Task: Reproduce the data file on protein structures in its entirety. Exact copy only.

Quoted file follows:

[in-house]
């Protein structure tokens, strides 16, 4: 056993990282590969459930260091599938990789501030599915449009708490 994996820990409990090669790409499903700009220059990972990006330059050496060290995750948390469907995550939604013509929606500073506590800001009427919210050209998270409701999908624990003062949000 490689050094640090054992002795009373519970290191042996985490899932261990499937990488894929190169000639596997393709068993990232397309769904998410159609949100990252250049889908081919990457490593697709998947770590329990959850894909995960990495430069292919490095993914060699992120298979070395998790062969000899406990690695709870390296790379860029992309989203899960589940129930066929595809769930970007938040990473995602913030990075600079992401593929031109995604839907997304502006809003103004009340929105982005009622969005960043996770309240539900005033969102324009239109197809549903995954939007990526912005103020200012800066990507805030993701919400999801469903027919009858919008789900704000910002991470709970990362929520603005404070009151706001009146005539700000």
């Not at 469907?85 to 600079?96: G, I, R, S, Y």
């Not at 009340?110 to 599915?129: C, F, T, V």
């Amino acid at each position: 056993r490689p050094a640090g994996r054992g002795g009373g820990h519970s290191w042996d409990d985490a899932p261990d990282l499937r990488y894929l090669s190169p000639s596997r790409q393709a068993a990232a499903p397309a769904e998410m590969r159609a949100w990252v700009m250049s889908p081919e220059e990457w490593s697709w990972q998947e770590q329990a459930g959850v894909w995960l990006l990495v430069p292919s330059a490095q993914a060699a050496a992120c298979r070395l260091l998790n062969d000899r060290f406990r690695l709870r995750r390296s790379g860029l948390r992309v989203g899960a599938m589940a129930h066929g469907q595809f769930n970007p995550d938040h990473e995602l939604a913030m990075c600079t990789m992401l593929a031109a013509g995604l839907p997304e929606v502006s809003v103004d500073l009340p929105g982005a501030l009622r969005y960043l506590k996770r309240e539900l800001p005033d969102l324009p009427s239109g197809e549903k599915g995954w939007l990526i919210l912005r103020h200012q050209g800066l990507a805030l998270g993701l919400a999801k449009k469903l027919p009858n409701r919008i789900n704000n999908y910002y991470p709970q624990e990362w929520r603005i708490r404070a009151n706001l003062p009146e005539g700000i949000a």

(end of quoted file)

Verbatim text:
[in-house]
């Protein structure tokens, strides 16, 4: 056993990282590969459930260091599938990789501030599915449009708490 994996820990409990090669790409499903700009220059990972990006330059050496060290995750948390469907995550939604013509929606500073506590800001009427919210050209998270409701999908624990003062949000 490689050094640090054992002795009373519970290191042996985490899932261990499937990488894929190169000639596997393709068993990232397309769904998410159609949100990252250049889908081919990457490593697709998947770590329990959850894909995960990495430069292919490095993914060699992120298979070395998790062969000899406990690695709870390296790379860029992309989203899960589940129930066929595809769930970007938040990473995602913030990075600079992401593929031109995604839907997304502006809003103004009340929105982005009622969005960043996770309240539900005033969102324009239109197809549903995954939007990526912005103020200012800066990507805030993701919400999801469903027919009858919008789900704000910002991470709970990362929520603005404070009151706001009146005539700000």
């Not at 469907?85 to 600079?96: G, I, R, S, Y």
């Not at 009340?110 to 599915?129: C, F, T, V």
């Amino acid at each position: 056993r490689p050094a640090g994996r054992g002795g009373g820990h519970s290191w042996d409990d985490a899932p261990d990282l499937r990488y894929l090669s190169p000639s596997r790409q393709a068993a990232a499903p397309a769904e998410m590969r159609a949100w990252v700009m250049s889908p081919e220059e990457w490593s697709w990972q998947e770590q329990a459930g959850v894909w995960l990006l990495v430069p292919s330059a490095q993914a060699a050496a992120c298979r070395l260091l998790n062969d000899r060290f406990r690695l709870r995750r390296s790379g860029l948390r992309v989203g899960a599938m589940a129930h066929g469907q595809f769930n970007p995550d938040h990473e995602l939604a913030m990075c600079t990789m992401l593929a031109a013509g995604l839907p997304e929606v502006s809003v103004d500073l009340p929105g982005a501030l009622r969005y960043l506590k996770r309240e539900l800001p005033d969102l324009p009427s239109g197809e549903k599915g995954w939007l990526i919210l912005r103020h200012q050209g800066l990507a805030l998270g993701l919400a999801k449009k469903l027919p009858n409701r919008i789900n704000n999908y910002y991470p709970q624990e990362w929520r603005i708490r404070a009151n706001l003062p009146e005539g700000i949000a």